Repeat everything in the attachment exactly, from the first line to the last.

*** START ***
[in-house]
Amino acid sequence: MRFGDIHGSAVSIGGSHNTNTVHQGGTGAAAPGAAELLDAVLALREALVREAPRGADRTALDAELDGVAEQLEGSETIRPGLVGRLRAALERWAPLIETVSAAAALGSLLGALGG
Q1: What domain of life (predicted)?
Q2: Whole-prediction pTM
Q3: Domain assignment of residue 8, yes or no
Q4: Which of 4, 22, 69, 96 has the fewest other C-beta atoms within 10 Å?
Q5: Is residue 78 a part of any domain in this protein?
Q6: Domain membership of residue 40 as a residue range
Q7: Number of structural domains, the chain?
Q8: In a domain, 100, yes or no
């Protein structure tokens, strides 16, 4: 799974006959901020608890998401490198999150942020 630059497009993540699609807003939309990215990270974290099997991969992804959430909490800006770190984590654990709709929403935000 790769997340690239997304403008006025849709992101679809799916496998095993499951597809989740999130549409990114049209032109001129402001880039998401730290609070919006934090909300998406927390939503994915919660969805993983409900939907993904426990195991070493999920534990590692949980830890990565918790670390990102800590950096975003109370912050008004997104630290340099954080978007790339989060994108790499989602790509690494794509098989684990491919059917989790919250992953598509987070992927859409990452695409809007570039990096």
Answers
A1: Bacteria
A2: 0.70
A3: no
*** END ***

[in-house]
Amino acid sequence: MRFGDIHGSAVSIGGSHNTNTVHQGGTGAAAPGAAELLDAVLALREALVREAPRGADRTALDAELDGVAEQLEGSETIRPGLVGRLRAALERWAPLIETVSAAAALGSLLGALGG
Q1: What domain of life (predicted)?
Q2: Whole-prediction pTM
Q3: Domain assignment of residue 8, yes or no
Q4: Which of 4, 22, 69, 96 has the fewest other C-beta atoms within 10 Å?
Q5: Is residue 78 a part of any domain in this protein?
Q6: Domain membership of residue 40 as a residue range
Q7: Number of structural domains, the chain?
Q8: In a domain, 100, yes or no
């Protein structure tokens, strides 16, 4: 799974006959901020608890998401490198999150942020 630059497009993540699609807003939309990215990270974290099997991969992804959430909490800006770190984590654990709709929403935000 790769997340690239997304403008006025849709992101679809799916496998095993499951597809989740999130549409990114049209032109001129402001880039998401730290609070919006934090909300998406927390939503994915919660969805993983409900939907993904426990195991070493999920534990590692949980830890990565918790670390990102800590950096975003109370912050008004997104630290340099954080978007790339989060994108790499989602790509690494794509098989684990491919059917989790919250992953598509987070992927859409990452695409809007570039990096």
Answers
A1: Bacteria
A2: 0.70
A3: no